Maiden Outdoor is introducing pre-vetting to combat the soaring number
of complaints being made about offensive posters and to head off the
threat of draconian new curbs on the industry.
The move reflects the growing pressure on poster companies to put their
houses in order before the Government is tempted to step in.
Maiden claims to be the first contractor to introduce the measure - and
it is calling on others to unite and establish a policing committee to
block contentious posters before they appear.
Under its new rule, any advertiser who has had complaints against it
upheld by the Advertising Standards Authority in the past two years will
have to submit posters for ASA scrutiny.
The company’s initiative comes in the wake of a massive increase in the
number of protests being made to the ASA about posters. Complaints rose
by 124 per cent last year, compared with 1994 (Campaign, 5 April).
The ASA said it was alarmed by the rise and called for more pre-vetting
by contractors, a suggestion that won immediate backing from Alan
Simmons, the chairman of the outdoor specialist, Concord.
Maiden had been limiting pre-vetting to the world’s most controversial
advertiser, Benetton, whose recent poster showing three human hearts was
banned by the ASA. Now Maiden will extend the policy to all advertisers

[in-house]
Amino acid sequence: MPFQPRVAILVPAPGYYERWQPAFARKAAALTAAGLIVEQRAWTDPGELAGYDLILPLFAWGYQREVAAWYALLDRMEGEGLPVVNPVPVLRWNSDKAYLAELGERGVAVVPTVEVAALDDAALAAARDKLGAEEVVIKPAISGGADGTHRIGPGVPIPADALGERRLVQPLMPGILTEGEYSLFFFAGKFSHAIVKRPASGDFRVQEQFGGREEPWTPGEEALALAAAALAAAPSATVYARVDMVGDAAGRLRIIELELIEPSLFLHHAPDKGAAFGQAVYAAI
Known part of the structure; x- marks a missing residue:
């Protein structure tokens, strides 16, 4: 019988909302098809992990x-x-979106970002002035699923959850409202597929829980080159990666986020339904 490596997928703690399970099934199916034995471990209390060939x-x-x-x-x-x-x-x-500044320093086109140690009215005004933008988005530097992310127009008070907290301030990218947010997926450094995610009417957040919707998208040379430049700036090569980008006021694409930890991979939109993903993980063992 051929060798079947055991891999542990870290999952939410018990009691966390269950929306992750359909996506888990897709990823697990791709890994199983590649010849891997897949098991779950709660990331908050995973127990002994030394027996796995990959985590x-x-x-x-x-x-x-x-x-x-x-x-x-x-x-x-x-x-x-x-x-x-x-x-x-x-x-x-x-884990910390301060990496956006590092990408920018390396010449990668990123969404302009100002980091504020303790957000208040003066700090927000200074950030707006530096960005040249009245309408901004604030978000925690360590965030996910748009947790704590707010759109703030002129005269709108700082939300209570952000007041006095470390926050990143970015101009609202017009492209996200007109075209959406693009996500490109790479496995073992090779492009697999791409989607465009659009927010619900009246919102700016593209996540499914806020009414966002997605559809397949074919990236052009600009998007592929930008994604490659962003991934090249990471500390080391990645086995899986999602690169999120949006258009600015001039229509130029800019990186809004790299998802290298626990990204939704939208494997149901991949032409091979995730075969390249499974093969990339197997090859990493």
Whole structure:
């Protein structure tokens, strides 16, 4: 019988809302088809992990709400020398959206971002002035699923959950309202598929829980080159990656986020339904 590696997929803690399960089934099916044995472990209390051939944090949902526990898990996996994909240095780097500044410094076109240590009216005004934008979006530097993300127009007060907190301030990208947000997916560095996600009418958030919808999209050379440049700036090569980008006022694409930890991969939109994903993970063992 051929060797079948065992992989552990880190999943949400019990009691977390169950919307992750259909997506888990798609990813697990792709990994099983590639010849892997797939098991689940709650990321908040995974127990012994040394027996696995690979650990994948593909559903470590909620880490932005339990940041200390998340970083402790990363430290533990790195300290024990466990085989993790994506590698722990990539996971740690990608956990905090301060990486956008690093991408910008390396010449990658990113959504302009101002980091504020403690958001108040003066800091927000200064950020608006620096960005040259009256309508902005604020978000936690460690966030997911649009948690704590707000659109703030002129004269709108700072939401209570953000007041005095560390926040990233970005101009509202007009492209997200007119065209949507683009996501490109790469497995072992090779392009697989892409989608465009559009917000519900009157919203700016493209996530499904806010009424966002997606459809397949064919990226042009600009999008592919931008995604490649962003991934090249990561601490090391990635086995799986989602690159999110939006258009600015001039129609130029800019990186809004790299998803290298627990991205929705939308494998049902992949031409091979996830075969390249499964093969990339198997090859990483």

that have received ASA reprimands.
At present, contractors are usually unaware that their sites are running
a potentially offensive campaign until the posters are on display and
the complaints begin to arrive.
Alex Ward, Maiden’s group sales director, said: ‘We’re not setting
ourselves up as judge and jury, but it’s vital we take a responsible
attitude. Posters are a very public medium and complaints can affect
relationships with our ‘landlords’, such as local authorities and
Although fewer than 1 per cent of posters cause a problem, contractors
are fearful of the disproportionate amount of publicity advertisers such
as Benetton and Club 18-30 attract when their campaigns have to be
Maiden hopes its initiative will be a precursor to the formation of a
body comprising representatives of contractors, agencies and
advertisers, as well as independent members, to rule on controversial
poster executions. ‘It would be better if the industry as a whole was
doing this,’ Ward commented.